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Stock Valuation Indicator Fly-off

Posted in Economic Indicators, Fundamental Valuation

Deterioration over the past decade in the forecasting power of traditional indicators (such as price-dividend and price-earnings ratios) have stimulated searches for better ones, with recent emphasis on macroeconomic variables. Which financial and economic variables best predict stock returns over the short, intermediate and long terms? Is “best” good enough for market timing? In her October 2006 paper entitled “How Well Do Financial and Macroeconomic Variables Predict Stock Returns: Time-series and Cross-sectional Evidence”, Anne-Sofie Reng Rasmussen evaluates the relative performance of a wide range of variables in forecasting excess stock returns (above the one-month T-bill rate) over horizons from one quarter to eight years. Using annual data for periods as long as 1930-2005 and quarterly data for periods as long as 1926-2005, she concludes that:

  • Evidence of stock return predictability is not overwhelming. Only very few indicators have statistical merit. Ignoring the last 10 years of data improves stock return predictability.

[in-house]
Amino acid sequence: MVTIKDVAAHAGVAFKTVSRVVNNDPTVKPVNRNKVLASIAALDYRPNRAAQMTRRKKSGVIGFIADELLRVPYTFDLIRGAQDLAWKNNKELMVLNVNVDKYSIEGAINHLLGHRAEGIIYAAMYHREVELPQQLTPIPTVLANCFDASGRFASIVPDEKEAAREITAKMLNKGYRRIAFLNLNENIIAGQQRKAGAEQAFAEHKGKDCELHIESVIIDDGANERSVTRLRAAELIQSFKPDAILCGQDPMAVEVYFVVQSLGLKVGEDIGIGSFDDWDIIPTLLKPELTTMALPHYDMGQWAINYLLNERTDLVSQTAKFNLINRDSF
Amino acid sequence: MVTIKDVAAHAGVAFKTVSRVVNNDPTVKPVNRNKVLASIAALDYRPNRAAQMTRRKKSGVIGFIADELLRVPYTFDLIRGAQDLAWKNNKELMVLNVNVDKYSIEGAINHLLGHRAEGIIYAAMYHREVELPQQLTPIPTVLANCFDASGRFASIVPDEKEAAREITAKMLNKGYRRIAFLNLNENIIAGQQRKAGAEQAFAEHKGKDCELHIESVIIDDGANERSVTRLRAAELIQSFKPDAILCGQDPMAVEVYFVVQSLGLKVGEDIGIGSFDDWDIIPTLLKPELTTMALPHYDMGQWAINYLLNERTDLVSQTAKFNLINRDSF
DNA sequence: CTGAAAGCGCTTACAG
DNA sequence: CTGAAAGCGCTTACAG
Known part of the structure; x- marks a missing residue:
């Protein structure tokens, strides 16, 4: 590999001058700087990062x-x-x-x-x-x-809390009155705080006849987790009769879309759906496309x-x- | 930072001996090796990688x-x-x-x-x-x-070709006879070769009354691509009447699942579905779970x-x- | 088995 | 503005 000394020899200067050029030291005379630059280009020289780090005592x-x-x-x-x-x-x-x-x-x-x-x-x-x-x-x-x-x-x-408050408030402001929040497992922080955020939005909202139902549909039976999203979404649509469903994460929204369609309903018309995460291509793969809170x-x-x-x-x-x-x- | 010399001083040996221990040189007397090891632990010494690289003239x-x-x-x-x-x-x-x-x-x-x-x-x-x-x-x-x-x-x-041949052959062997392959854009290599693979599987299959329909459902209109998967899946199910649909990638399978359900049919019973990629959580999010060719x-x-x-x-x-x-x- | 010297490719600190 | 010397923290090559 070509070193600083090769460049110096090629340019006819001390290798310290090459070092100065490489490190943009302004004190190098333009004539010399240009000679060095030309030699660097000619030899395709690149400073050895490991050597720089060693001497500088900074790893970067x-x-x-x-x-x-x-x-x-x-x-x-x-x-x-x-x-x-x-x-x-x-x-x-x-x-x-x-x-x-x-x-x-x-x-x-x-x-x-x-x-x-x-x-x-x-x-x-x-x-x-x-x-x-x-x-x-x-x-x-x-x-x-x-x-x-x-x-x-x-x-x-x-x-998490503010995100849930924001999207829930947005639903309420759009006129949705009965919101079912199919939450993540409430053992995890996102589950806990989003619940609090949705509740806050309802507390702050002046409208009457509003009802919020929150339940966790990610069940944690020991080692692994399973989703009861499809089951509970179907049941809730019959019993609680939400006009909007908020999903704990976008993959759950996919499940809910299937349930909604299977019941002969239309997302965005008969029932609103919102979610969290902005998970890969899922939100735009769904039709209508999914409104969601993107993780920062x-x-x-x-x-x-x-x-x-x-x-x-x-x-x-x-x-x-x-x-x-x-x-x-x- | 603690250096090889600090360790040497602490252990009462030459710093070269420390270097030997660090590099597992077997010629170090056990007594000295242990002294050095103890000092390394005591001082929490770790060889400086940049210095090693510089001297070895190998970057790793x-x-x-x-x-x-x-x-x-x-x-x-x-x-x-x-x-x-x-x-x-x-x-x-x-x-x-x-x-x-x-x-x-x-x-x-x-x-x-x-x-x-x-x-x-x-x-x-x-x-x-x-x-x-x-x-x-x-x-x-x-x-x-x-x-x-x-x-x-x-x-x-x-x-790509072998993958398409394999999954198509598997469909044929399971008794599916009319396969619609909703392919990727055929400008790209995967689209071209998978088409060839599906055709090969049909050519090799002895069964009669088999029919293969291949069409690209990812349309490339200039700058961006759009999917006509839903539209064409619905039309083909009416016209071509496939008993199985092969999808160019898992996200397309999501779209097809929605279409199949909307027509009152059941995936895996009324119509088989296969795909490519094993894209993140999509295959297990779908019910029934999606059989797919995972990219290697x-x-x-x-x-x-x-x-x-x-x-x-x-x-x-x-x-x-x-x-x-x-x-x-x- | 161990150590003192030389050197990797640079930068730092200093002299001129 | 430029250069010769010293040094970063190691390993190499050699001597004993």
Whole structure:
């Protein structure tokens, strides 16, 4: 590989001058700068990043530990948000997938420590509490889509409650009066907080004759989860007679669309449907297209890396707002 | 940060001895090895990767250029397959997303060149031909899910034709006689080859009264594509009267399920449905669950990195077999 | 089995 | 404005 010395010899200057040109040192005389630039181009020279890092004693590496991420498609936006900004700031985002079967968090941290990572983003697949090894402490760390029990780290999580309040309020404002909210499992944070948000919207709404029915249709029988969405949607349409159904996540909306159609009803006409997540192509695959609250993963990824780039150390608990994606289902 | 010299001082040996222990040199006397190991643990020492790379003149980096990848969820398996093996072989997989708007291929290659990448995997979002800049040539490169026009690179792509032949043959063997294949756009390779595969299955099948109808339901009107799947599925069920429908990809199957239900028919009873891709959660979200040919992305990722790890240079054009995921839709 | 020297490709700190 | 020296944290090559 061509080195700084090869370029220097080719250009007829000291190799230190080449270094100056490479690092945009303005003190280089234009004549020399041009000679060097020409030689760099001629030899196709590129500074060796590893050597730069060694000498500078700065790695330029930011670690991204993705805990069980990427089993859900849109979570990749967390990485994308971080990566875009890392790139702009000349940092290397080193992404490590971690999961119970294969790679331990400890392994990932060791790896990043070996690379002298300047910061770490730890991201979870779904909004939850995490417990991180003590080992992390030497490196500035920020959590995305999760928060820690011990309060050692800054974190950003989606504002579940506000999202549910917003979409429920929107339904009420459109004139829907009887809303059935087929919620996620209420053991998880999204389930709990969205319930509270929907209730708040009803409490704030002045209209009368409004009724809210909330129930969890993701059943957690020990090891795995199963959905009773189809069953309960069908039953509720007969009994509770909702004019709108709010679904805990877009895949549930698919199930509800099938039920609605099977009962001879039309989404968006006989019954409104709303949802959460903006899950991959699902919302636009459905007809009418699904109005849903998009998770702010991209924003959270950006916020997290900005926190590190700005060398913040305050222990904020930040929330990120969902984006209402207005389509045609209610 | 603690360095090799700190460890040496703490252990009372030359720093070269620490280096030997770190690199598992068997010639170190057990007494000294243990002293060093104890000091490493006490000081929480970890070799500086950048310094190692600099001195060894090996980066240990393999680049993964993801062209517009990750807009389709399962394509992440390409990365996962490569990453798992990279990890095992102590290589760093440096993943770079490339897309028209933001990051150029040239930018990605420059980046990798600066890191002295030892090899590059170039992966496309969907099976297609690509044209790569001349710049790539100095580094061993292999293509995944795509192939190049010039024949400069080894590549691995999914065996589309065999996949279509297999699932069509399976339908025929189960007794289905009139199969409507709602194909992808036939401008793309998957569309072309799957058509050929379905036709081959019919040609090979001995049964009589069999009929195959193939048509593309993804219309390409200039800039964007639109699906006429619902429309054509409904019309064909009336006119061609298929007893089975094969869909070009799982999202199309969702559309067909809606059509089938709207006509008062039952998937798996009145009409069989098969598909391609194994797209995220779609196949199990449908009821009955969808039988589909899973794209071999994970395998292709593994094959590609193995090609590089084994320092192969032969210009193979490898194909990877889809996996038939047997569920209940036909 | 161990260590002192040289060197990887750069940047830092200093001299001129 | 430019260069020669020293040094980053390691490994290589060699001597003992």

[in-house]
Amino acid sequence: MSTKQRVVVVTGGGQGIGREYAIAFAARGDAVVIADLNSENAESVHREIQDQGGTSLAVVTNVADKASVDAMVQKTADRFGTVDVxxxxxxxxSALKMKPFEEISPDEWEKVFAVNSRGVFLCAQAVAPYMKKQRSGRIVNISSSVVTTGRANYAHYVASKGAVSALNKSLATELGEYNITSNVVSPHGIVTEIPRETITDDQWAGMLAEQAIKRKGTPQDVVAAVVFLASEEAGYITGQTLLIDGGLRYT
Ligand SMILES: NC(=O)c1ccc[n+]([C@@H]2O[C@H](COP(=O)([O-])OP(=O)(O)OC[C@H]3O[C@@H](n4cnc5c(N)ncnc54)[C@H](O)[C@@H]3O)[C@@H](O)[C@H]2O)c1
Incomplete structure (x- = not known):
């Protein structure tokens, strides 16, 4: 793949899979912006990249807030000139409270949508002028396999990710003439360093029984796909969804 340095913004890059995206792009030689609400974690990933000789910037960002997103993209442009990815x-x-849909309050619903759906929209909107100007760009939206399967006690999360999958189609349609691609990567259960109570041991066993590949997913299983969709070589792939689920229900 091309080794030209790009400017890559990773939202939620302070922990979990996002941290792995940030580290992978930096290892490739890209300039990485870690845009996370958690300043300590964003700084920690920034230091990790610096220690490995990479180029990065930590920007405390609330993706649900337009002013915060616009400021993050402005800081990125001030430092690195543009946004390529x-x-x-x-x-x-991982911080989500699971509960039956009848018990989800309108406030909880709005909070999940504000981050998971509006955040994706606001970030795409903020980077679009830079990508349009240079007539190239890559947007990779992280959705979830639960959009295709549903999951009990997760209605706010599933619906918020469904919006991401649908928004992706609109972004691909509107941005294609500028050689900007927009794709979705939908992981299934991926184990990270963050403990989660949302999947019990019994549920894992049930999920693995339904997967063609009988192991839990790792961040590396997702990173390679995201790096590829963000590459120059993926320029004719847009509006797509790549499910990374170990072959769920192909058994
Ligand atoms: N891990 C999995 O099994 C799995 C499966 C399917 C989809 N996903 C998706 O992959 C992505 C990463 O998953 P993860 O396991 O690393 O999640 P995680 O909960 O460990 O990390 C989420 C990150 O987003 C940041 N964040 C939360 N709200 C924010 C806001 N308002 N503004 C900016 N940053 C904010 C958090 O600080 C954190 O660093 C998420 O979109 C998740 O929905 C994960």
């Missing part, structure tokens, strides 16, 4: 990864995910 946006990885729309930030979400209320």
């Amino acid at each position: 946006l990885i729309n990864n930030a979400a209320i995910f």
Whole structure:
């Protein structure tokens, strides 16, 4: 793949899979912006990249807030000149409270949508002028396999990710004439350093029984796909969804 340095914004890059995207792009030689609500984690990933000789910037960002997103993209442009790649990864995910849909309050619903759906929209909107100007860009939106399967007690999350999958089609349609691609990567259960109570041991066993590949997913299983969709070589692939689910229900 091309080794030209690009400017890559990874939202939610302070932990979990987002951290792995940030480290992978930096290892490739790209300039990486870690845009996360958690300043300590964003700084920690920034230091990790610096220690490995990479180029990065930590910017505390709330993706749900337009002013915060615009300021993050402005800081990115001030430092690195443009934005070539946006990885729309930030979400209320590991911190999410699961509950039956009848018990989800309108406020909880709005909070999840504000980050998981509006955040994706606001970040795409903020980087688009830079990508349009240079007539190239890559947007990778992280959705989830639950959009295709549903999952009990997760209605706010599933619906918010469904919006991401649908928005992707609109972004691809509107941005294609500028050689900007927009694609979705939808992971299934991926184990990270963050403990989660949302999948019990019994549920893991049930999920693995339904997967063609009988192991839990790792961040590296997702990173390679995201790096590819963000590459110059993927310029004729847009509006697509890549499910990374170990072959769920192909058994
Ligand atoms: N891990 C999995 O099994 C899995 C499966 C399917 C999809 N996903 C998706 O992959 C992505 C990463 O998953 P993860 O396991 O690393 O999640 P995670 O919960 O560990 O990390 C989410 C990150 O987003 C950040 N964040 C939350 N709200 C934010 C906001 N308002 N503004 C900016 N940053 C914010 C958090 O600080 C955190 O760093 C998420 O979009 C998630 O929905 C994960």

• In general, predictability increases with investment horizon, but with some differences across forecasting variables. At very short horizons, few variables explain much of the variation in excess stock returns.
  • Over the short and intermediate terms, the consumption-aggregate wealth ratio is the best overall indicator of stock returns, although its predictive power varies with sample period.
  • Over the long term, price-normalized variables (price-dividend, price-earnings, price-output and price-consumption ratios) outperform as stock return indicators.
  • Multivariate regressions show that very few of the newer macroeconomic variables add any forecasting power beyond that of the price-dividend ratio.

The paper provides an extensive overview of recent efforts to forecast excess stock returns. The discussion, however, is fairly dense for the typical investor.

In summary, over the last 80 years, a few price-normalized variables (price-dividend, price-earnings, price-output and price-consumption ratios) and the approximate consumption-aggregate wealth ratio have been the best stock market indicators.

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